Delhi protest for Kashmir

By Aamena Khan

New Delhi: "Voice of People – I Protest" organized a peaceful protest at Jantar Mantar, here on 7 and 8 August. Members of the civil society, human rights activists and quite a few Kashmiris living in the capital, mainly students, gathered to register their protest and speak about their experience of life in Kashmir. Most recounted tales of horror of the atrocities suffered by them at the hands of the security forces while some wondered whether their children would get to see the Kashmir their forefathers talked of, from which they themselves have been deprived. The prominent demands put forward included declaring Kashmir a no-weapon-zone within 500 days alongwith a withdrawal of troops from civilian areas and withdrawal of section 144, AFSPA, PSA and DAA and the release of prisoners held under PSA. A lot of Kashmiri protesters voiced their demand for a separate and independent Kashmir and called for the 13th of August to be celebrated as Kashimiri Independence Day. They thanked "Indians" who supported them.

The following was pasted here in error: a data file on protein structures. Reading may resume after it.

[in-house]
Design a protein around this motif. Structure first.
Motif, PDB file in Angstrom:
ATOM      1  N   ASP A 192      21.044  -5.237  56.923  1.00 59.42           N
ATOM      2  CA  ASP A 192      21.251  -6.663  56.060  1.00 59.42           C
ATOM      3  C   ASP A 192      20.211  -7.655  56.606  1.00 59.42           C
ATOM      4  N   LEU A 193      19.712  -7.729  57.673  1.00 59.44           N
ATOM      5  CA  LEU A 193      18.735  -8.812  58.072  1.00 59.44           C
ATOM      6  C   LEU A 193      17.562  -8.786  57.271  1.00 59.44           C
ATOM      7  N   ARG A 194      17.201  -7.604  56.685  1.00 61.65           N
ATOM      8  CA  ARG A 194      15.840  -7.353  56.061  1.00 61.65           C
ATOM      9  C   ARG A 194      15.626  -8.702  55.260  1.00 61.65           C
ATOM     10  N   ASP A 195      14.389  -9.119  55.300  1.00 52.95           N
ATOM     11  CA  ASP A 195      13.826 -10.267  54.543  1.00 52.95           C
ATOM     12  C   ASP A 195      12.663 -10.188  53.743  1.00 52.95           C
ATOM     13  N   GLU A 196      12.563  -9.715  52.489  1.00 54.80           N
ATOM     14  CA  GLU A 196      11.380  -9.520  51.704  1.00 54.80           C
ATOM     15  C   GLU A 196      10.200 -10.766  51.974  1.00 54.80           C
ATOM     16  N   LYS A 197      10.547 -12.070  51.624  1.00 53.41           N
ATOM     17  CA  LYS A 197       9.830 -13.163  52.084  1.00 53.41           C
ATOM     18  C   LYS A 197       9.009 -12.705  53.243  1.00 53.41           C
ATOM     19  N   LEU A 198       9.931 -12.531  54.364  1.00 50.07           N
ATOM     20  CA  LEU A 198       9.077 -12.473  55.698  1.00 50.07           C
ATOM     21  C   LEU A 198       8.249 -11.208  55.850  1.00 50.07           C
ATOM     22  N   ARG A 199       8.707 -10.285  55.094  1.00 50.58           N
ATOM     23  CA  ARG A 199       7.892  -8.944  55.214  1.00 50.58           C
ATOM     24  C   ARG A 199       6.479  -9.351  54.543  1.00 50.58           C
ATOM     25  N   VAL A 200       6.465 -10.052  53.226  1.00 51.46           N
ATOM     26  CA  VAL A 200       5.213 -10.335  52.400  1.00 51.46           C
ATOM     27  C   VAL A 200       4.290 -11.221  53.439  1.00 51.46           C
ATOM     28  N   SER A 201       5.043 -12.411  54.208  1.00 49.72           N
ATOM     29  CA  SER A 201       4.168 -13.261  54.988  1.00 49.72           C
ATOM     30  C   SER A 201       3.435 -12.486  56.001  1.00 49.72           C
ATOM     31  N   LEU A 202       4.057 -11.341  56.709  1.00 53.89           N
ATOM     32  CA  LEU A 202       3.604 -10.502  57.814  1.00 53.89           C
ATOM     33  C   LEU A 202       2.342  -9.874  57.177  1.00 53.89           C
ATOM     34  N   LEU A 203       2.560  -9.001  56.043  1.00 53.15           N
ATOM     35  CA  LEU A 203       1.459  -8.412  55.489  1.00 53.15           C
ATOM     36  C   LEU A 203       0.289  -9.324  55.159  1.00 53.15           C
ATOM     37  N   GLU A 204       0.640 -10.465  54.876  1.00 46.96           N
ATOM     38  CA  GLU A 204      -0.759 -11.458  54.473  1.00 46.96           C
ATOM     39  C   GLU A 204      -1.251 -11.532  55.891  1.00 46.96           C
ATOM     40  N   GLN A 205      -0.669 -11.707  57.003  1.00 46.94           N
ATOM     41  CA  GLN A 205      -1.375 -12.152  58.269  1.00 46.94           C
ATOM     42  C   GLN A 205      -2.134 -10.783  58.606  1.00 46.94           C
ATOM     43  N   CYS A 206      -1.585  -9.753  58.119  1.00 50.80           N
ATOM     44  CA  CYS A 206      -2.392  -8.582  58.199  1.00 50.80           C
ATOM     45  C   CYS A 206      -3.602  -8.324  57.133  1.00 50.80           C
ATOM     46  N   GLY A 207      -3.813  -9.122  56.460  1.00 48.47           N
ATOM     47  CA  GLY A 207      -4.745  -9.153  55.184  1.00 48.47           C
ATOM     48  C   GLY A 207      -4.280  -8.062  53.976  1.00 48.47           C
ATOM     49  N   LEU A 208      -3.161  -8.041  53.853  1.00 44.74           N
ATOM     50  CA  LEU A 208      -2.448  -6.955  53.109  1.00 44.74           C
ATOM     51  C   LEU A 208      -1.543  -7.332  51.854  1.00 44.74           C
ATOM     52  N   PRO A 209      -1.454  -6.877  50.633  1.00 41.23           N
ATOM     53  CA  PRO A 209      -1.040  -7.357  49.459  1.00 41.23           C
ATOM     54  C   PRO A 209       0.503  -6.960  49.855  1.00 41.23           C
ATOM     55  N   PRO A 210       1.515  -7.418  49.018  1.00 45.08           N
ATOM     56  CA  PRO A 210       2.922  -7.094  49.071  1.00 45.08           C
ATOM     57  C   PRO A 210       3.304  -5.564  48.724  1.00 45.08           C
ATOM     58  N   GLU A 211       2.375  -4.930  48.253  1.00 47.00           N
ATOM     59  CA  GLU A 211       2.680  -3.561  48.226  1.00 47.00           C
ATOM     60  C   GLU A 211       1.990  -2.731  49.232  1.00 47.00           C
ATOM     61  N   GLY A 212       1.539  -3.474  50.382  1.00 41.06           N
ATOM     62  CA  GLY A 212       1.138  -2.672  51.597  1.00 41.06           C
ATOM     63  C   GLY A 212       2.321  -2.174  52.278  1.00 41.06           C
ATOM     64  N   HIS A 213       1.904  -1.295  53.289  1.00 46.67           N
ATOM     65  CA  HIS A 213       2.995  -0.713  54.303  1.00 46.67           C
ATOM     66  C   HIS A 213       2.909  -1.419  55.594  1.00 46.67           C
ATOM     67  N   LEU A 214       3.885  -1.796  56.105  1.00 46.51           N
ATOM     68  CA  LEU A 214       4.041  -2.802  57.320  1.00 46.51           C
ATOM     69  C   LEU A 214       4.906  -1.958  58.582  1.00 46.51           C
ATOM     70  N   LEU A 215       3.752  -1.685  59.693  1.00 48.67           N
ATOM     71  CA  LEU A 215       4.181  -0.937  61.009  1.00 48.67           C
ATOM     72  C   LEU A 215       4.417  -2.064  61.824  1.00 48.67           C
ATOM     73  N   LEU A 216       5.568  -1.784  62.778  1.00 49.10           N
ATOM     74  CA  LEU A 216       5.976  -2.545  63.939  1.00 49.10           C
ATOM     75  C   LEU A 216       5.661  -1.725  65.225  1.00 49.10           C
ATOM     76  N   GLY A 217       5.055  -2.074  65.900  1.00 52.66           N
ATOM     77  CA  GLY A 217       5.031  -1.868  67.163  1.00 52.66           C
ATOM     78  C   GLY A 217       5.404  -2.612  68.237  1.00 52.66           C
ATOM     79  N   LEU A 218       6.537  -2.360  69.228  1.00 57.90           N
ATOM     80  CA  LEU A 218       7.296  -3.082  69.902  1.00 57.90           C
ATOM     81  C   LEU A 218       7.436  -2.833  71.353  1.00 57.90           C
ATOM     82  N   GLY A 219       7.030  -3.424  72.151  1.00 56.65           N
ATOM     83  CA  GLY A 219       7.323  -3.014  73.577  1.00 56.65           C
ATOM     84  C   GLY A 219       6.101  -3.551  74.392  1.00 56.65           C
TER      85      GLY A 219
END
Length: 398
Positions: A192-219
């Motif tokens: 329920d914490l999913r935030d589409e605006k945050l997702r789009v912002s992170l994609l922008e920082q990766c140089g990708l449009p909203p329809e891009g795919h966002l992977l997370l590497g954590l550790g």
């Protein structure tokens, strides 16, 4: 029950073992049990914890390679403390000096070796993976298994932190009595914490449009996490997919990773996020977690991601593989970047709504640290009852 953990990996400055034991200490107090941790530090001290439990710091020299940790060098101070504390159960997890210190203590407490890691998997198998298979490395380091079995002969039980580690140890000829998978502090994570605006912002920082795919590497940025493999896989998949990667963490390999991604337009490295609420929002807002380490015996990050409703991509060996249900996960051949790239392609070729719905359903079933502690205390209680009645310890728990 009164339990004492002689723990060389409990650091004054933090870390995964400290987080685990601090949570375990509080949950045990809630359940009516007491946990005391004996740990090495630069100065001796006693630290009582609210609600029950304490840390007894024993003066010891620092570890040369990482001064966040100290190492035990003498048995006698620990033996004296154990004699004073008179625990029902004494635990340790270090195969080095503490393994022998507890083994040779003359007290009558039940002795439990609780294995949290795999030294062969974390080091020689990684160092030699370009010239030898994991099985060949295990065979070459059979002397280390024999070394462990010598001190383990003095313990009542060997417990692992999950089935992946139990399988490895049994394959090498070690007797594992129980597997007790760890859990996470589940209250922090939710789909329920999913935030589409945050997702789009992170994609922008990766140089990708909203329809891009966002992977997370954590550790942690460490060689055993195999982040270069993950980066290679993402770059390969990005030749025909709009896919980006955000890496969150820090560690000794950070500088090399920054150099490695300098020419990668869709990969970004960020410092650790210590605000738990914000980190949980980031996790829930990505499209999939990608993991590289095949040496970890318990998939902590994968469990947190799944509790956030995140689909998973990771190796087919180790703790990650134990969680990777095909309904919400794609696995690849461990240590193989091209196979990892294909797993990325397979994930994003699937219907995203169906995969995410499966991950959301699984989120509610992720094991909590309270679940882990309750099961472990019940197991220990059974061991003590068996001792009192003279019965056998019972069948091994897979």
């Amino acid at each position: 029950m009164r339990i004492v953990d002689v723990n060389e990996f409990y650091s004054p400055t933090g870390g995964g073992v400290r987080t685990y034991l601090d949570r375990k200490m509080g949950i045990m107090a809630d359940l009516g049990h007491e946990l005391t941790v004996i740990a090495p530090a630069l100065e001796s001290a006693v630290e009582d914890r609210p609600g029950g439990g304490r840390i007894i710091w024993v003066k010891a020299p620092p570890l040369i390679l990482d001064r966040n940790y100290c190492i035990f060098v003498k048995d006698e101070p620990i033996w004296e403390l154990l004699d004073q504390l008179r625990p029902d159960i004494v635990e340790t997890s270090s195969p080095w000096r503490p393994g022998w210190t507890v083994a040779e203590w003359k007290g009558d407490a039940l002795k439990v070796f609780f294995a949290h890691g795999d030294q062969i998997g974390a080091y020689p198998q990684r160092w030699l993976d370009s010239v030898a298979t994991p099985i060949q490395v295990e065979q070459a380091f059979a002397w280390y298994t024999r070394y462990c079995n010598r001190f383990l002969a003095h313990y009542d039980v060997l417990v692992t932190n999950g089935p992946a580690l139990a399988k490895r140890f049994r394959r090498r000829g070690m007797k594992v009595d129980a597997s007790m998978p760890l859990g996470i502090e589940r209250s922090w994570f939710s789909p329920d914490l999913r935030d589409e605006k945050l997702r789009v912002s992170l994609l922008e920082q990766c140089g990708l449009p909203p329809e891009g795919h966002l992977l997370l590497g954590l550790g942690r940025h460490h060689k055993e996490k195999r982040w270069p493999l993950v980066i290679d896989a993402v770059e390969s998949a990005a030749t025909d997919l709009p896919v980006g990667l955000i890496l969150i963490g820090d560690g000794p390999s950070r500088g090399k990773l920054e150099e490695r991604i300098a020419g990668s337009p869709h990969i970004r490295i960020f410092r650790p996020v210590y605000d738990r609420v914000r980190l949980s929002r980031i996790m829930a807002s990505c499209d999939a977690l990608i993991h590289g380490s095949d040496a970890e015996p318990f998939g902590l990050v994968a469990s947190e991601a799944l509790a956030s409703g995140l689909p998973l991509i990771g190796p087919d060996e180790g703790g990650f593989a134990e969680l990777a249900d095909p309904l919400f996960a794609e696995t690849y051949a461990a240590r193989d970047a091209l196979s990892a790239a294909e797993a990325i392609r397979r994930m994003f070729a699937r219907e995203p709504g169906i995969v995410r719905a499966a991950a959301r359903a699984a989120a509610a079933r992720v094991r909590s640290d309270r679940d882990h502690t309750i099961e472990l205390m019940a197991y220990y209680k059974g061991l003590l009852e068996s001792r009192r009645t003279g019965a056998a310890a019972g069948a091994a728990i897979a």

Just a few steps away, the police made a "border" of sorts to separate a few Kashmiri Pandits who were "protesting" against the other protesters. These Pandits were shouting "Ghaddaron ko Goli Maro" (Shoot the traitors) referring to the Kashmiris who were demanding an azad (independent) Kashmir. The police wasn’t allowing "Muslims" to cross this "border" to approach the area where the Pandits were protesting. Though other media persons were freely moving, I wasn’t lucky because of my hijab. A Muslim policeman told me to go away otherwise he will be in trouble with his superiors.

As evening fell, the protesters lighted candles and continued their protest. A lot of passion and slogan shouting welcomed Professor SAR Geelani of Delhi University as he emerged late into the evening with a bodyguard at his side. He expressed his solidarity with the protesters and his speech was punctuated with loud applause. The seriousness of the issue was writ large on the grim faces of the protesters who hoped against hope that those who matter will not continue to ignore the main problems of the Kashmir issue.   

This article appeared in The Milli Gazette print issue of 16-31 August 2010 on page no. 1

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